Loh said he wouldn’t claim that the United States is “equal to other countries at math” but that the results provide an interesting lesson in the advantages a “creativity-focused system” can provide. Loh, in his training of the team, uses “analogous out-of-the-box principles.”
Loh has used the techniques he employed to train the team — along with dozens of other leading high school mathematicians — in the summer at Carnegie Mellon to develop a free program for anybody who is interested, whether or not they are math whizzes. He is launching a weekly math challenge called Expii Solve, which is intended to help people at all levels learn math concepts from examples rooted in the real world. Hosted on Expii, a crowdsourced database of explanations to math and science concepts, he is concocting math adventures each week for five different levels of expertise — and it’s all free on a smartphone.
Here’s some information about Expii Solve, with questions answered by Loh:
Can you give us a little background about yourself and why you started Expii Solve?Besides being an associate professor of mathematics at Carnegie Mellon University, I serve as the national coach of the USA International Math Olympiad team, which won this summer for the first time in 21 years. As a coach and professor, I’m constantly being asked by people how to get better at math. I started Expii Solve because it not only solves the problem of helping people get better at math — it really teaches people what math is.What do you mean by that?If you ask the average person what math is, they’ll probably answer that it’s doing addition and multiplication, or making graphs, or something along those lines. That’s not really what math is. Math is the art of thinking in a systematic and organized way. It applies creative problem-solving techniques in a quantitative way using a sound system of logic. Math is all around us, and the general public doesn’t realize how applicable it is to their everyday life. My goal with Expii Solve is to not only help people understand more about math, but to get them excited by it.So how does it work?With Expii Solve, every week we release five different prompts. Each prompt is a different level of difficulty and revolves around a different topic and skill. You start out at the first level, and get to learn a surprising new skill that’s presented in a real-world application. For example, we just launched a weekly Expii Solve. The first level is about the lottery, which was just looming on everyone’s radar. We created a fictional lottery called the Power Ten, and we explain how it works, and the mathematical concepts behind it — namely statistics and probability. At the end, we have a question that combines mathematics with some out-of-the-box thinking. The punchline is at the end, we highlight an article with a real world application — something very similar to the very problem you were solving was actually done by a group of MIT students, who realized they could game the lottery to virtually win money every time.The first level should be understandable by the average high school student, but the answer will often still surprise many who are more familiar with math. If you like that one, you can try the next, which takes it up to the next level. Sometimes there will be continuity between them, sometimes there won’t, but the idea is to always use a topic that highlights some interesting math which might not be commonly known.Our goal is that every week, you can pop this open on your phone and learn something new and interesting–perhaps while waiting for the bus, or between places. We want to make sure that everyone can access it, so it’s completely free for anyone in the world to use. The design was also very important to us, so it’s visually pleasing along with being mentally engaging. The team working on it isn’t only comprised of mathematicians — we have people from all sorts of backgrounds, like creative writing, design, software engineering and science.Why is it called Expii Solve?Instead of just being a weekly quiz, the goal of Expii Solve isn’t only to test you, or even to teach a single concept. The goal of Expii Solve is to explore, which is why it’s hosted on our site, Expii.com. I think that one drawback of pure testing is that it doesn’t encourage further exploration, which is really what we’re trying to facilitate. Expii.com is a much larger project that I started that crowdsources math and science topics.Think of it almost like Wikipedia, except there’s not just a single page for a topic that every perspective has to conform to. For any given topic, there can be unlimited submissions with all sorts of different ways to explain the topic — and they all support interactivity, with instant-feedback Q&A, videos, etc. The idea is that there is no single best way to explain a math or science concept. Every person who has a good explanation might have a different angle or perspective they approach it from. With Expii.com, we don’t discriminate, and instead crowdsource human creativity. Anybody can submit an explanation, and/or questions to test your comprehension of the concept.Expii.com is like having thousands of tutors in your pocket who don’t only teach you the concept their own way -they also make sure you understand it by asking questions, like any good tutor would. Our goal is engagement, so you can vote on someone’s explanation, and the best-voted (most engaging) explanations go to the top of the list for a topic. The core idea is that accuracy isn’t enough. Accuracy alone doesn’t engage people. Creativity engages people.So how does Expii Solve fit into that?Expii Solve can be the first step to an exploration. You can go down a rabbit hole of learning on our site, where you keep clicking and learning about new topics that interest you. The vision is to have a time every week for math appreciation. We provide a guided starting point with our feature, and you can then go on from there!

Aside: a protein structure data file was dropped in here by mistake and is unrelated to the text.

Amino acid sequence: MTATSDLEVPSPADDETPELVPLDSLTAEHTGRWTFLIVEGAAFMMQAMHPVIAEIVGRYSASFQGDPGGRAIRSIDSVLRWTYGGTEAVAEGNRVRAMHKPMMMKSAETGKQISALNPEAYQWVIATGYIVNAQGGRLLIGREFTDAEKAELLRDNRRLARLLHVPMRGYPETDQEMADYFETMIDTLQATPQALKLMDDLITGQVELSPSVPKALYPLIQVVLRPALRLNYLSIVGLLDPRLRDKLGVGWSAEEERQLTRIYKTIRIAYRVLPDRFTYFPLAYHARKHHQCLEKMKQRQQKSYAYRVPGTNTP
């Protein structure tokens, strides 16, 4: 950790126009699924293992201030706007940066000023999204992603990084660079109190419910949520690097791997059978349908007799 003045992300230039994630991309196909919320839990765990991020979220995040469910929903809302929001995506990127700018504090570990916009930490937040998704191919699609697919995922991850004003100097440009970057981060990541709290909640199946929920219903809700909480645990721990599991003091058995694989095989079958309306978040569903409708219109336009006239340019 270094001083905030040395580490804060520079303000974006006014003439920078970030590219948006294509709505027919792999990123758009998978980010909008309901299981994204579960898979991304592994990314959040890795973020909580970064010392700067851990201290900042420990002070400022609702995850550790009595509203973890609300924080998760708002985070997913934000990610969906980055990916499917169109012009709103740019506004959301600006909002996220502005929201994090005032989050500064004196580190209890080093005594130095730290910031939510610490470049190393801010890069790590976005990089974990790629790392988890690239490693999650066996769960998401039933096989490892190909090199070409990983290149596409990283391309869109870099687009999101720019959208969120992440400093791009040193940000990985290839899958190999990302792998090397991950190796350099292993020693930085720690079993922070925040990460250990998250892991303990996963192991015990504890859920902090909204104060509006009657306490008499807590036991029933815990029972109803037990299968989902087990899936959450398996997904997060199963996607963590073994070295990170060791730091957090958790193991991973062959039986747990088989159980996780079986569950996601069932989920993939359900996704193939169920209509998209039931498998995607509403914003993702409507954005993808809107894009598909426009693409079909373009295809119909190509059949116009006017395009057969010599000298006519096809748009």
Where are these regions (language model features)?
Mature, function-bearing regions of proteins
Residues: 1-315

Loh also is working with colleagues on a new program called the Spirit of Ramanujan Math Talent Initiative, aimed at finding undiscovered mathematicians around the world and giving them an opportunity to advance in the field.
The project, which remains open until Sept. 15 and which you can learn about here, is led by Ken Ono, a professor of math at Emory University. Partners include the Templeton World Charity Foundation in conjunction with IFC Films and Pressman Film, producers of the motion picture “The Man Who Knew Infinity.”
That film is about Srinivasa Ramanujan, a gifted mathematician who in 1913, as a poor college dropout who had taught himself math, contacted British mathematician G.H. Hardy. (Dev Patel plays Ramanujan and Jeremy Irons plays Hardy in the film.) Ramanujan’s math theories were so extraordinary that Hardy invited him to Cambridge to study and collaborate. He died at 32 but left behind material that is used as the basis for math research today.